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What’s indemnity insurance coverage? – Bankrate.com

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We are an independent, advertising-supported comparison service. Our goal is to help you make smarter financial decisions by providing you with interactive tools and financial calculators, publishing original and objective content, by enabling you to conduct research and compare information for free – so that you can make financial decisions with confidence.
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The offers that appear on this site are from companies that compensate us. This compensation may impact how and where products appear on this site, including, for example, the order in which they may appear within the listing categories. But this compensation does not influence the information we publish, or the reviews that you see on this site. We do not include the universe of companies or financial offers that may be available to you.
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Indemnity is an agreement between two parties in which one party is responsible for compensating another for damages or losses they may incur. Indemnity insurance protects a policyholder from indemnity claims in exchange for monthly or annual premiums. If a professional or business causes damages or loss to a third party, an indemnity insurance policy can help cover the settlement and the policyholder’s legal fees.
Indemnity clauses are present in insurance contracts and business contracts, but indemnity insurance is something separate. You need indemnity insurance if you have agreed to indemnify another party and you want coverage for potential lawsuits that could arise from personal negligence. Here’s what you should know about indemnity agreements and how you could go about deciding whether to purchase indemnity insurance.
Indemnity is one party’s promise to compensate another for potential losses or damages. Indemnification is the act of compensating another party after a loss has occurred. In an indemnity contract, the indemnitee is protected from liability and the indemnitor holds the indemnitee harmless.
For example, if a physician works for a hospital, they might be required to sign an indemnity agreement that holds the hospital harmless. The physician indemnifies the hospital so that the hospital can not be the target of any lawsuits brought as a result of the physician’s actions. Therefore, the physician may require malpractice insurance — which is a form of indemnity insurance — to protect themself from potential patient lawsuits.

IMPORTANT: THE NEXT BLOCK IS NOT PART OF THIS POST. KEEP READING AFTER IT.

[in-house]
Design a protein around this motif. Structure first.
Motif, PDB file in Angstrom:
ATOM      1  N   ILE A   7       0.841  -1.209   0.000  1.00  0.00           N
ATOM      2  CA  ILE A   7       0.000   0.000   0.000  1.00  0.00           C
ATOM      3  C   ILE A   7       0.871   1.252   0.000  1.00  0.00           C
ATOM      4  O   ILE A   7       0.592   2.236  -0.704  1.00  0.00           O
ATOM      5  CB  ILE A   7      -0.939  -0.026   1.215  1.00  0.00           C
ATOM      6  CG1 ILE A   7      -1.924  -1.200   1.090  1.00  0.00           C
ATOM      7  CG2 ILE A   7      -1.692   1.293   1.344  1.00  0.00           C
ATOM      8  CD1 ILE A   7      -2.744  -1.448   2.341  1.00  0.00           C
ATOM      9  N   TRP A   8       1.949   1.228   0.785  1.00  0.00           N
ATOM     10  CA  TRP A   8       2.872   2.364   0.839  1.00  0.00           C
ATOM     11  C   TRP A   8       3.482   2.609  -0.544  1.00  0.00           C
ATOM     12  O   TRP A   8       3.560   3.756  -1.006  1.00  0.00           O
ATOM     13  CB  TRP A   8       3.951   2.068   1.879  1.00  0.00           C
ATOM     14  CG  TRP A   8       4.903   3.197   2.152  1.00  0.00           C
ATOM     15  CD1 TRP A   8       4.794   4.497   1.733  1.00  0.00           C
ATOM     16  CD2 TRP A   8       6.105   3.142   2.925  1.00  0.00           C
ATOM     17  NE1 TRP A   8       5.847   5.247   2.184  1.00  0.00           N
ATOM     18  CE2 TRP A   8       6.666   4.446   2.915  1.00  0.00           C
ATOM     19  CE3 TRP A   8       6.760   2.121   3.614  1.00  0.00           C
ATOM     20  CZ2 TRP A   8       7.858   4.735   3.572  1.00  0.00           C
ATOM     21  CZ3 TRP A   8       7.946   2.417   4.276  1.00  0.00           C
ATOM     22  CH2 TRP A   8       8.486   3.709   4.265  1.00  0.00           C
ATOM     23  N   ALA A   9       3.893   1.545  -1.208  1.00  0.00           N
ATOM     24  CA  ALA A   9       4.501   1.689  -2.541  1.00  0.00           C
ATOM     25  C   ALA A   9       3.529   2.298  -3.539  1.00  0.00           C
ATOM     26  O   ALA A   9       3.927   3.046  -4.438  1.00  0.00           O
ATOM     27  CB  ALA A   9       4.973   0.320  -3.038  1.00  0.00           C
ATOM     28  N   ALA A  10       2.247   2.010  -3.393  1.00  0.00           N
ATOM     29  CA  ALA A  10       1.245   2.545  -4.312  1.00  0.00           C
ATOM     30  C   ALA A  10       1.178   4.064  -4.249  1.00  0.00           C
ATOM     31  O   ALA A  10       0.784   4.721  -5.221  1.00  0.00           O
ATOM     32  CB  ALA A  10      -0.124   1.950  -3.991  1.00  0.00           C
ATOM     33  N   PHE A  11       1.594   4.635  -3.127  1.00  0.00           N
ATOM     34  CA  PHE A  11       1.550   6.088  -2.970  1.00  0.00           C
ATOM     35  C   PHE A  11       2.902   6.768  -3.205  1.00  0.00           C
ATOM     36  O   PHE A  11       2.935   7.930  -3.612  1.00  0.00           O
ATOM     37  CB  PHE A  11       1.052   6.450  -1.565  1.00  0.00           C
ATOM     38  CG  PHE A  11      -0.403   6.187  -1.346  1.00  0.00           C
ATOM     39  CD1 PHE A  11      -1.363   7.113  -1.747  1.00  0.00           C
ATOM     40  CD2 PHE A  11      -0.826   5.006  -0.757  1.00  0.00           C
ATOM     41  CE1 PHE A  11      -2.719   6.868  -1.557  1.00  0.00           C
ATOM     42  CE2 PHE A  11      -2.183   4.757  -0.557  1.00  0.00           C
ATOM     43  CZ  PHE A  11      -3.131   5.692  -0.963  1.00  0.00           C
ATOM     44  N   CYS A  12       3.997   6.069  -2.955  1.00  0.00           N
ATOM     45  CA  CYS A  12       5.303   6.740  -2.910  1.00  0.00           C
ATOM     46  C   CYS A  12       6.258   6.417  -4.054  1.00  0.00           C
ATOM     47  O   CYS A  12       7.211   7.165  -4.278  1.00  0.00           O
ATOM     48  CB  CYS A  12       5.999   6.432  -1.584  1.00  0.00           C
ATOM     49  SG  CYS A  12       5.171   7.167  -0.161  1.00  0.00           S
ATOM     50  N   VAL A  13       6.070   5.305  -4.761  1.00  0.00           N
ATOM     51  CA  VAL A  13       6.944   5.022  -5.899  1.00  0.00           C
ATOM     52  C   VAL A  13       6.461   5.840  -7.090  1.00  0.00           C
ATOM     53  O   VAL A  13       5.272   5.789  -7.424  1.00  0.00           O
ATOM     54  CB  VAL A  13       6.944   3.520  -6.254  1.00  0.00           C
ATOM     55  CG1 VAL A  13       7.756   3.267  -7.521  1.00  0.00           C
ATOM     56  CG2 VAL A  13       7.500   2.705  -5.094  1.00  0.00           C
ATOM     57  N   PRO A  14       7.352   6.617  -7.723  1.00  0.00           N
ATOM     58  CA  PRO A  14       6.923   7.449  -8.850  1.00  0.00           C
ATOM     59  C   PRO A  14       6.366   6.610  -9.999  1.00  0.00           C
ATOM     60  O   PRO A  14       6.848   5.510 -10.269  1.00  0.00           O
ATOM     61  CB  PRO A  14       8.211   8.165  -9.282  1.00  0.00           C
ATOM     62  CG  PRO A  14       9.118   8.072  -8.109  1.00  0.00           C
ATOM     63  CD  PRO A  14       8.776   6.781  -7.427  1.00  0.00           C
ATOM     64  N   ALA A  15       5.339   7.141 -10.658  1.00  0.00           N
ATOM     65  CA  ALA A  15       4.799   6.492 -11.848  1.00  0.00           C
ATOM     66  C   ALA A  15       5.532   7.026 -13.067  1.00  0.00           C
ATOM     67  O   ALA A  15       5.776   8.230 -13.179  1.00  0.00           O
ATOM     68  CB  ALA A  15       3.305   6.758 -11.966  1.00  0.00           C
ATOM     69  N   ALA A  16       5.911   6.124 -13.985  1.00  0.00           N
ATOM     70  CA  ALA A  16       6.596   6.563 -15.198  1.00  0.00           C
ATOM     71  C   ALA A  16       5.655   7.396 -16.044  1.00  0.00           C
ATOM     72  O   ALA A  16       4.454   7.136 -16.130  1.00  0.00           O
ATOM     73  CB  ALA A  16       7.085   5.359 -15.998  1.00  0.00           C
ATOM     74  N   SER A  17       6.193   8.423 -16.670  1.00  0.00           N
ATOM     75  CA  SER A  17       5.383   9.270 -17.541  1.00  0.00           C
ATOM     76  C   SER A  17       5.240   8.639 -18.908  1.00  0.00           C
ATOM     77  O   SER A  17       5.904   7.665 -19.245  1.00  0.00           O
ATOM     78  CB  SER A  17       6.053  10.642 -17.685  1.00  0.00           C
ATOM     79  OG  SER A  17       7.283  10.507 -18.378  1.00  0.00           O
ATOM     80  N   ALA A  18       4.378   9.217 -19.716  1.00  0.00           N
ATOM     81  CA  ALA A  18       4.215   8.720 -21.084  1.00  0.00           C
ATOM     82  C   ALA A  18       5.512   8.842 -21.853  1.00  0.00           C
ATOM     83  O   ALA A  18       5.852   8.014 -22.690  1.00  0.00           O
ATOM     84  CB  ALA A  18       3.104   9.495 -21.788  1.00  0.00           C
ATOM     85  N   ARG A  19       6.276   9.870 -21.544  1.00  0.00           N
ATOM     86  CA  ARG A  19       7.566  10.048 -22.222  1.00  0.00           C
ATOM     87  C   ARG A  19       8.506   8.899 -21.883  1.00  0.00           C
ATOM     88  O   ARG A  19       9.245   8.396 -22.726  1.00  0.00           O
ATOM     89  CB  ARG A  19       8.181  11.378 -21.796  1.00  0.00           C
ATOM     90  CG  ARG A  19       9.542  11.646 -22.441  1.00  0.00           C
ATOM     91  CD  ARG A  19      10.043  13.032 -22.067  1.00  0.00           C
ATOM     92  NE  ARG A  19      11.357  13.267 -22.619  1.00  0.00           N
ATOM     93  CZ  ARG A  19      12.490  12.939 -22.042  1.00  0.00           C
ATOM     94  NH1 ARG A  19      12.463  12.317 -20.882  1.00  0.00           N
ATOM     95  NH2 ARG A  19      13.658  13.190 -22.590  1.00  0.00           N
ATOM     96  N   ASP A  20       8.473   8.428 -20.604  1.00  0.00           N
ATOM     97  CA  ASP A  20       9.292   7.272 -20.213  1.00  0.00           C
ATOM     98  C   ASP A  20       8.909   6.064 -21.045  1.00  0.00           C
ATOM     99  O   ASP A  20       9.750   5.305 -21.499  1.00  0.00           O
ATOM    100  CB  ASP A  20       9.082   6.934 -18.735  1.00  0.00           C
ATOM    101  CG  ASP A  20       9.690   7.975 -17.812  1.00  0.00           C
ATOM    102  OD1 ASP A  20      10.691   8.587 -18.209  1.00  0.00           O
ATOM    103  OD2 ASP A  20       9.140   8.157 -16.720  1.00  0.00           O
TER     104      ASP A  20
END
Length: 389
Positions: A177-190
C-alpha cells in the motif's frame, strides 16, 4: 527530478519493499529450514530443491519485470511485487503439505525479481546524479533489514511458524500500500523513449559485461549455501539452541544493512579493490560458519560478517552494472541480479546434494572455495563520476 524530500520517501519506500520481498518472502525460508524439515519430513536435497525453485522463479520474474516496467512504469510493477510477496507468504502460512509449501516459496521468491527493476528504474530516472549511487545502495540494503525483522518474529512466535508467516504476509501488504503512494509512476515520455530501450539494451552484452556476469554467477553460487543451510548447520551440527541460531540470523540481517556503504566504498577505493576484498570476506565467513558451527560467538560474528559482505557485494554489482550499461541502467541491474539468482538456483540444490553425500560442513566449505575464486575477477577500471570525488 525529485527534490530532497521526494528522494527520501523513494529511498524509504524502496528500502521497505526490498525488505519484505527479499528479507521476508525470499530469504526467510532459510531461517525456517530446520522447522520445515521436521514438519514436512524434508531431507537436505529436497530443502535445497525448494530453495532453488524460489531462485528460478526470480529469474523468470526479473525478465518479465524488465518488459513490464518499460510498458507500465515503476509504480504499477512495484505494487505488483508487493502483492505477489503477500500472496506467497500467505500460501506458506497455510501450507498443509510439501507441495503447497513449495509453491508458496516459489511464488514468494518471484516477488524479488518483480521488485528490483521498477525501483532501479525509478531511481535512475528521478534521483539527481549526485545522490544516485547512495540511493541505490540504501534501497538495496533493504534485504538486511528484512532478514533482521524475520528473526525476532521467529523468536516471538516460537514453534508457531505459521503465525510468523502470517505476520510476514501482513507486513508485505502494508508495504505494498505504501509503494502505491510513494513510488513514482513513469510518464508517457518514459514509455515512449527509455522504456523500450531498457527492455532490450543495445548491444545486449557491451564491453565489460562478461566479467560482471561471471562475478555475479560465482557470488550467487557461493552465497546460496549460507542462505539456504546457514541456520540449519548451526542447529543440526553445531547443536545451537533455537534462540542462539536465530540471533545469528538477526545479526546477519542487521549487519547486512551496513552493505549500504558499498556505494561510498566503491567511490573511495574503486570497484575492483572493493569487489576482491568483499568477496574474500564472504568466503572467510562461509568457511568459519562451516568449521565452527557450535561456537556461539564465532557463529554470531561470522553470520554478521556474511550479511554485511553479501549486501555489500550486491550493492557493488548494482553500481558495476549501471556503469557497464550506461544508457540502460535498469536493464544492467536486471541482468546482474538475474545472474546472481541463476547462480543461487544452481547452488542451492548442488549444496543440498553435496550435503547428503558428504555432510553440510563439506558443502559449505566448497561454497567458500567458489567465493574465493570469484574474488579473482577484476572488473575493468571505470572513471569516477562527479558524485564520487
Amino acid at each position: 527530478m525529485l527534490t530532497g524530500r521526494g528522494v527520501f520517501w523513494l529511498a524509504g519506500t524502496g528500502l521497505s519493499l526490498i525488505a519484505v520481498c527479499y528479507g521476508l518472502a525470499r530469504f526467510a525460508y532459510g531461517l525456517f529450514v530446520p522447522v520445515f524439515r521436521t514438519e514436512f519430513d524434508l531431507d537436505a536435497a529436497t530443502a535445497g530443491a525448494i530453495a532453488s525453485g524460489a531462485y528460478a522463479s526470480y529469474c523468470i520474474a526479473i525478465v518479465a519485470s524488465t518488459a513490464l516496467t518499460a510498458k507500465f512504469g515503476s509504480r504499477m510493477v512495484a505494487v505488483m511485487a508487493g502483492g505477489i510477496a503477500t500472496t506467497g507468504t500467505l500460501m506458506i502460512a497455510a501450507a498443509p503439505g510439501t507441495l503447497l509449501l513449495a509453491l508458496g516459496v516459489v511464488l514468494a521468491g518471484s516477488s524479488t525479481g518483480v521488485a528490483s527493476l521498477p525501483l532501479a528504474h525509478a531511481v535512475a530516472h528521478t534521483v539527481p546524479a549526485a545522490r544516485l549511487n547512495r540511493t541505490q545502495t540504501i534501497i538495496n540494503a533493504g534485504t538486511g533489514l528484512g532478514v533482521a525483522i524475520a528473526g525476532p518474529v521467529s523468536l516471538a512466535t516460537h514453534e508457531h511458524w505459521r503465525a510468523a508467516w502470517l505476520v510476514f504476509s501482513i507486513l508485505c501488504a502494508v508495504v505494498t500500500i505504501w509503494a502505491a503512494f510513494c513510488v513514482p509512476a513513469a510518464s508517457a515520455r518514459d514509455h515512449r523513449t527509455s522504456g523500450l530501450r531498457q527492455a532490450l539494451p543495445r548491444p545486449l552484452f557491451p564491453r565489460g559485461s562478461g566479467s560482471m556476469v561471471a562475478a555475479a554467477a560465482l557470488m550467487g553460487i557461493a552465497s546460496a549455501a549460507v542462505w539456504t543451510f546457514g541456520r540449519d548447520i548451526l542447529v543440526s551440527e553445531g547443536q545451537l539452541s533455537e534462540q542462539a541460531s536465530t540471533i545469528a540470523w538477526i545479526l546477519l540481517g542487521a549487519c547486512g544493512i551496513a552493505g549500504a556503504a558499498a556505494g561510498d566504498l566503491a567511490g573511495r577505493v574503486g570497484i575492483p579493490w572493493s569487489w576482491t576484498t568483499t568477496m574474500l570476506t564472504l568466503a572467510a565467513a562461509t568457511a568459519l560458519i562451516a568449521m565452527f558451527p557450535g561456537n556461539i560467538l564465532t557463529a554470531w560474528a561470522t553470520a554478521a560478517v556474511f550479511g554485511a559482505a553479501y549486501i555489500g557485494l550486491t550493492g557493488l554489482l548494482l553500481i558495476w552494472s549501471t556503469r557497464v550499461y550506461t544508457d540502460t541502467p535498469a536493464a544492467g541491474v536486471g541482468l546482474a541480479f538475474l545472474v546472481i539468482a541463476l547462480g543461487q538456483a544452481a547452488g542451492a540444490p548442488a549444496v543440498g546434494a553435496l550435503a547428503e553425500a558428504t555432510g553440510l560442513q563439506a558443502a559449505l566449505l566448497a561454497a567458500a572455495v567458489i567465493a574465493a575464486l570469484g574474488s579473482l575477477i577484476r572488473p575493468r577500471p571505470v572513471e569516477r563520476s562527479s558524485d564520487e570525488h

When you sign up for an auto insurance policy, you are the indemnitee and your insurance company is the indemnitor. Your insurance company agrees to compensate you or another party for losses or damages according to the policy’s terms and limits. Your auto insurance contract makes it your insurance company’s responsibility to indemnify you after you are involved in a covered accident. A car insurance company may cover a policyholder in the following ways:
In terms of auto coverage, indemnity insurance from an auto insurance company is required in most states, excluding New Hampshire and Virginia. However, outside of state-required levels of liability, maintaining a full coverage policy can help avoid the financial burden of paying for vehicle damage out of pocket.
You may want to consider purchasing indemnity insurance if one of the following is true:
Accidental death coverage, also known as double indemnity insurance, is a rider often available for life insurance plans. It could also be a stand-alone policy that provides a payout to the policyholder’s beneficiaries if the policyholder dies or is dismembered in an accident. Typically, policies provide this payout in addition to the death benefit. Accidental death and dismemberment coverage (AD&D) will not provide an indemnity if the insured dies of natural causes.
Outside of a standard auto insurance policy, some other common types of indemnity insurance include:
Yes. Because the IRS considers insurance costs for a business as eligible for a write-off, professional indemnity insurance usually qualifies as a business expense and can typically be deducted the cost of your premiums on your tax return. Commercial auto insurance for business purposes may qualify as a professional expense, for example.
If someone files a lawsuit against you, the settlement could potentially wipe out your assets. Drivers encounter multiple risks on the road, such as collisions leading to serious injury or damage. With this risk in mind, indemnity insurance in the form of an auto insurance policy can be especially beneficial to protect your finances. Additionally, if you work in an industry that makes you vulnerable to lawsuits, indemnity insurance is often worth the expense.
Bankrate.com is an independent, advertising-supported publisher and comparison service. Bankrate is compensated in exchange for featured placement of sponsored products and services, or your clicking on links posted on this website. This compensation may impact how, where and in what order products appear. Bankrate.com does not include all companies or all available products.
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